New Jersey court affirms in international child custody dispute

Sometimes, parents who are citizens of other countries take their children abroad and refuse to return them to the other parent. This is considered parental abduction. This problem is the source of the Hague Convention on the Civil Aspects of International Child Abduction, of which the United States is a signatory.

Under the Hague Convention, children taken from their home countries must be returned to that country for the resolution of child custody disputes, and those disputes must be resolved under the laws of the child's home country. However, it is important to note that if the parent who was left behind makes a parental abduction claim more than one year after the child's removal, courts can take into account the best interest of the child, including whether the child is well-settled in the new country. In such cases, family courts may decide that the child should remain in the new country while the issue is decided by the home country's courts.

These were the issues faced recently by the New Jersey Appellate Division in a case involving a 9-year-old girl living in Clifton with her father. Her parents are both from Turkey, although the girl is a U.S. citizen, having been born in Passaic County while her parents were on vacation.

Five years later, the father brought his daughter back to New Jersey, where the two have been comfortably settled. More than a year after the father and daughter's move to the United States, the girl's mother asserted that this was a case of parental abduction.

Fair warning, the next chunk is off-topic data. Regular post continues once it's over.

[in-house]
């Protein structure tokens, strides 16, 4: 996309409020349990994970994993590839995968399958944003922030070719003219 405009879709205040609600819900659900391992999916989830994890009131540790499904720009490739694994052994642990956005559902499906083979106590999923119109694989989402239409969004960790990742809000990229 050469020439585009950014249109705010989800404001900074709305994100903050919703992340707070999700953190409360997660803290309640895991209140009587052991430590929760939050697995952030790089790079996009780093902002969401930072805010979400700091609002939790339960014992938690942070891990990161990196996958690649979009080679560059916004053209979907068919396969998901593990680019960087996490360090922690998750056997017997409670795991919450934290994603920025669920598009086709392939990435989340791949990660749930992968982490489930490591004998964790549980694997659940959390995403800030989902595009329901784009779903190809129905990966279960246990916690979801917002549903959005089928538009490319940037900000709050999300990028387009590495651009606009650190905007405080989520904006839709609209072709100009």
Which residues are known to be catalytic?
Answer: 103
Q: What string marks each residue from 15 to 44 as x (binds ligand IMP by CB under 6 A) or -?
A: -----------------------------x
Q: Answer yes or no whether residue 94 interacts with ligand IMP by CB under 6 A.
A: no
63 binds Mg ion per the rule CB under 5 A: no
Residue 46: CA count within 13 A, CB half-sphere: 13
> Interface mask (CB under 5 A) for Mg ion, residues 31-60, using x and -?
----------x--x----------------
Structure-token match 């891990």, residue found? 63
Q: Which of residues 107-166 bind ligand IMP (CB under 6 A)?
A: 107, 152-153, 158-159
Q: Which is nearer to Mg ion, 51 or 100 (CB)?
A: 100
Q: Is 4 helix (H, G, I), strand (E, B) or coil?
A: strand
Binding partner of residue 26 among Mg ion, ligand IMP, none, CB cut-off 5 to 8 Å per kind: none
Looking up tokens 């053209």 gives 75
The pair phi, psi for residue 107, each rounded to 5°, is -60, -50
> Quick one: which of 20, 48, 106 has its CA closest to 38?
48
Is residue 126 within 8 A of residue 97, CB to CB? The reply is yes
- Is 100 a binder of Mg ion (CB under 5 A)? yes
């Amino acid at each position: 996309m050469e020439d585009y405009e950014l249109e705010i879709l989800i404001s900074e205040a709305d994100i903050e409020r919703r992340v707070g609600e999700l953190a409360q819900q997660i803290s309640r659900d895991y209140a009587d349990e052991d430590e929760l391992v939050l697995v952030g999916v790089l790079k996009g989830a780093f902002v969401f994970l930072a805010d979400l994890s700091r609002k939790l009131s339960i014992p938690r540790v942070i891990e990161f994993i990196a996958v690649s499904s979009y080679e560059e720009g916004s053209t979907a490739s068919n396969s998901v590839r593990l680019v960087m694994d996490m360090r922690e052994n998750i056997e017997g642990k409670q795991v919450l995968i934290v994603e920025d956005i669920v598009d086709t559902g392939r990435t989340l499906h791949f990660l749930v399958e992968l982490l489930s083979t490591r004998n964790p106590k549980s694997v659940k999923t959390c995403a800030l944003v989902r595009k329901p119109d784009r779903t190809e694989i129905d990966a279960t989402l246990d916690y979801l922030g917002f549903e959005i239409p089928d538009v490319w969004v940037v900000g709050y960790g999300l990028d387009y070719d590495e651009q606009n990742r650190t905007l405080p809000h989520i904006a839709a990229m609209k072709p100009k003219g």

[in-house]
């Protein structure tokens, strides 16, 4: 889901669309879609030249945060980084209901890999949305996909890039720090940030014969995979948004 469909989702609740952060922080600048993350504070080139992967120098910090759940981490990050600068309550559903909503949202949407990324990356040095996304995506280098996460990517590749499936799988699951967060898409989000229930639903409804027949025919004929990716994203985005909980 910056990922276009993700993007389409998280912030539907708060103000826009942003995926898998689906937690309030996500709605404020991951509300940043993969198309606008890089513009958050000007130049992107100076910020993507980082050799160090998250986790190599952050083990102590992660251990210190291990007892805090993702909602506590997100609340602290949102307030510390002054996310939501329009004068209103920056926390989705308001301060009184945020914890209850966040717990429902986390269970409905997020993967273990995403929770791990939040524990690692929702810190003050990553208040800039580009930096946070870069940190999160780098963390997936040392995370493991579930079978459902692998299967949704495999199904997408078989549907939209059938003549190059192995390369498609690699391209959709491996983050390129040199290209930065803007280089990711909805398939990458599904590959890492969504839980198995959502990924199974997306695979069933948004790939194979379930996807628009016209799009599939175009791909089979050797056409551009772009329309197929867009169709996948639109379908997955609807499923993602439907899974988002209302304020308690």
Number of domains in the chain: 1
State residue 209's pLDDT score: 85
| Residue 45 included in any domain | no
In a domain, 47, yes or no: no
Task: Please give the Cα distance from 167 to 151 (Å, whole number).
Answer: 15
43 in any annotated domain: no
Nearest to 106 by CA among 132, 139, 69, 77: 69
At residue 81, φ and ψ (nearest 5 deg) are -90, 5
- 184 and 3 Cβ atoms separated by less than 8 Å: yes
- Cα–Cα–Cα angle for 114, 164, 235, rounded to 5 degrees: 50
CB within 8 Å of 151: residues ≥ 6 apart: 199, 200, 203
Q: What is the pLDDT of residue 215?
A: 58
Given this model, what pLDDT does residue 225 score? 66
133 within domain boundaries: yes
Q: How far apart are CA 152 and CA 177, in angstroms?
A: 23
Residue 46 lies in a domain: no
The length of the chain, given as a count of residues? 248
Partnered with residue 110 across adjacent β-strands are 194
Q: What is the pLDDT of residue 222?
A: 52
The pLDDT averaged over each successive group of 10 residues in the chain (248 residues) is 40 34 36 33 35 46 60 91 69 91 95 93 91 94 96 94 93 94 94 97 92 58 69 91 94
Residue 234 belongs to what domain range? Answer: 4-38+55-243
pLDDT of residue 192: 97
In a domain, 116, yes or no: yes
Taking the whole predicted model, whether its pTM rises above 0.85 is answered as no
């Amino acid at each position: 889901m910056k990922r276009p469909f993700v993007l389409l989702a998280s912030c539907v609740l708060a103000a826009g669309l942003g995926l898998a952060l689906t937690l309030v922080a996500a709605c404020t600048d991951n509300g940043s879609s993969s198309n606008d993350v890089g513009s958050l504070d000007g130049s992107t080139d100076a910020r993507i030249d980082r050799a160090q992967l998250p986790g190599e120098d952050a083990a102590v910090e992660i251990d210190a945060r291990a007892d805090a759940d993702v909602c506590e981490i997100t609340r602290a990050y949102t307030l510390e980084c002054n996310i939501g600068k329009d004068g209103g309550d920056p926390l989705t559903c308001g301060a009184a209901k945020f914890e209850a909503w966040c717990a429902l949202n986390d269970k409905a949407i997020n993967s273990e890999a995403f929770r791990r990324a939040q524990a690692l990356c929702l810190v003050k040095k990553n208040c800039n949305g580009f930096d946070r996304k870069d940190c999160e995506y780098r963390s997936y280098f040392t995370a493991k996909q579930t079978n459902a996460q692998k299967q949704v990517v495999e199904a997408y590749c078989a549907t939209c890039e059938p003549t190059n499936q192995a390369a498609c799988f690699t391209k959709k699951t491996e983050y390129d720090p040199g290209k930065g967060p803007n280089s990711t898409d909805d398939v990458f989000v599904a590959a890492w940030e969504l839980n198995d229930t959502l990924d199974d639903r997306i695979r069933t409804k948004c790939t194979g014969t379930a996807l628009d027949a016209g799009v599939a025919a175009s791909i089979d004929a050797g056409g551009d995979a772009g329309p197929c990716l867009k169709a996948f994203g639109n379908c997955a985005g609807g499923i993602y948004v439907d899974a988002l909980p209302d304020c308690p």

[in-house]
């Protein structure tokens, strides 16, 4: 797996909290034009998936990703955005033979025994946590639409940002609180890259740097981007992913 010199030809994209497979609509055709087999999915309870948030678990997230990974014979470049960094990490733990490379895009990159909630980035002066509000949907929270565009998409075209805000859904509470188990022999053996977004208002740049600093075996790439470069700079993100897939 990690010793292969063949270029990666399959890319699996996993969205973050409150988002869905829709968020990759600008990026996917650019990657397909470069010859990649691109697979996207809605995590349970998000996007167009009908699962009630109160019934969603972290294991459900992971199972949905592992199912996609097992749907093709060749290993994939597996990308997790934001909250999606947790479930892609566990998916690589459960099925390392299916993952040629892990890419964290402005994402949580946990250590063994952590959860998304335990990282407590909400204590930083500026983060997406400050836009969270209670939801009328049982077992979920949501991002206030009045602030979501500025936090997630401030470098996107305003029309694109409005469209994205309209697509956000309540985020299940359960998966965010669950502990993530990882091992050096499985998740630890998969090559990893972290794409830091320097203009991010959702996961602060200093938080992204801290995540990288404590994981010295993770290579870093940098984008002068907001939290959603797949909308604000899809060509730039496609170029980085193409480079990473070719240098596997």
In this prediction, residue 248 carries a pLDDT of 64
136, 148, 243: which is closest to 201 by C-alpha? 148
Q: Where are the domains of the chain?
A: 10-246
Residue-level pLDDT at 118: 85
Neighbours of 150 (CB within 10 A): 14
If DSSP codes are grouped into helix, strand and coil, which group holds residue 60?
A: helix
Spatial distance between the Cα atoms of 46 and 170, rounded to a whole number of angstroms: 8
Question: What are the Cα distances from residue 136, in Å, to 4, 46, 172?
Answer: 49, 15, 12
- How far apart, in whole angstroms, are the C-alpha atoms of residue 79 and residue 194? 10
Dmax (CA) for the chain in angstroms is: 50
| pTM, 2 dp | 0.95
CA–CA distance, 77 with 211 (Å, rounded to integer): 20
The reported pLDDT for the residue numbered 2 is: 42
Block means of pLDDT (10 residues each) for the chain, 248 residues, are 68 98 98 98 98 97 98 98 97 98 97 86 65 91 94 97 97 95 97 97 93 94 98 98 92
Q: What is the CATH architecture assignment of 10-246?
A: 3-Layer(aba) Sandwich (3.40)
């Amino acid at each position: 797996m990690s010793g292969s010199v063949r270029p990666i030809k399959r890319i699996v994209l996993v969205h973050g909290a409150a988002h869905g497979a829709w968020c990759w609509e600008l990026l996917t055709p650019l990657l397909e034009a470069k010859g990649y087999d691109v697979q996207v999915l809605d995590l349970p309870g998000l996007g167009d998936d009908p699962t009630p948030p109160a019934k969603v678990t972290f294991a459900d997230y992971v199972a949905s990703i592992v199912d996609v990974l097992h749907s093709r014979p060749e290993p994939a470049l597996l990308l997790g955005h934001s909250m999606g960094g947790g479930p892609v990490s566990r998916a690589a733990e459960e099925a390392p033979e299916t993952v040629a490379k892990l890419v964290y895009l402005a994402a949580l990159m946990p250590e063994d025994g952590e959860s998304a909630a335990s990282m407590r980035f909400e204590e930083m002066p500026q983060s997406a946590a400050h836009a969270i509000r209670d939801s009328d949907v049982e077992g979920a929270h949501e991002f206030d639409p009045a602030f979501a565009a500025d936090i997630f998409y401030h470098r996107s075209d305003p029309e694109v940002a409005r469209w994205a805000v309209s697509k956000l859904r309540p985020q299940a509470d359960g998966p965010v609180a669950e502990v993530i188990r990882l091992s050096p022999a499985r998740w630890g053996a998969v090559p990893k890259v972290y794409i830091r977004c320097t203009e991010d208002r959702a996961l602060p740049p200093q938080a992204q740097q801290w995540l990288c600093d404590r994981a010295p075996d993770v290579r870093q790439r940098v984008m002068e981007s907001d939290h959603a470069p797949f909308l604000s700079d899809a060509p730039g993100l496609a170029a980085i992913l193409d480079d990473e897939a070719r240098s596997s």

According to the mother, she granted permission in 2008 for their daughter to accompany her father on a trip to Italy -- not to move to the U.S. The girl's father disputes this, but in fact he is in violation of the child custody laws of Turkey and has kept the girl from her mother for four years.

Last year, a Passaic County family court found that the Hague Convention did apply to the case, meaning that the child custody dispute should be resolved in the Turkish courts. Despite finding that the child was well-settled in New Jersey, the judge ruled that it was in the girl's best interest to be reunited with her mother in Turkey. The father appealed, and last week the appellate court recently agreed.

The mother's U.S. lawyers, which were provided by the State Department, said they hoped to obtain a court order for the girl's immediate return to Turkey. However, the father has now appealed to the Supreme Court of New Jersey, which has issued an order that the girl should remain in the U.S. while it considers on an expedited basis whether to hear the father's appeal.


  •, "NJ Supreme Court delays return of Clifton girl to Turkey," John Petrick, Aug. 10, 2012
  •, "Child living in Clifton with father must return to mother in Turkey, court rules," John Petrick, Aug. 7, 2012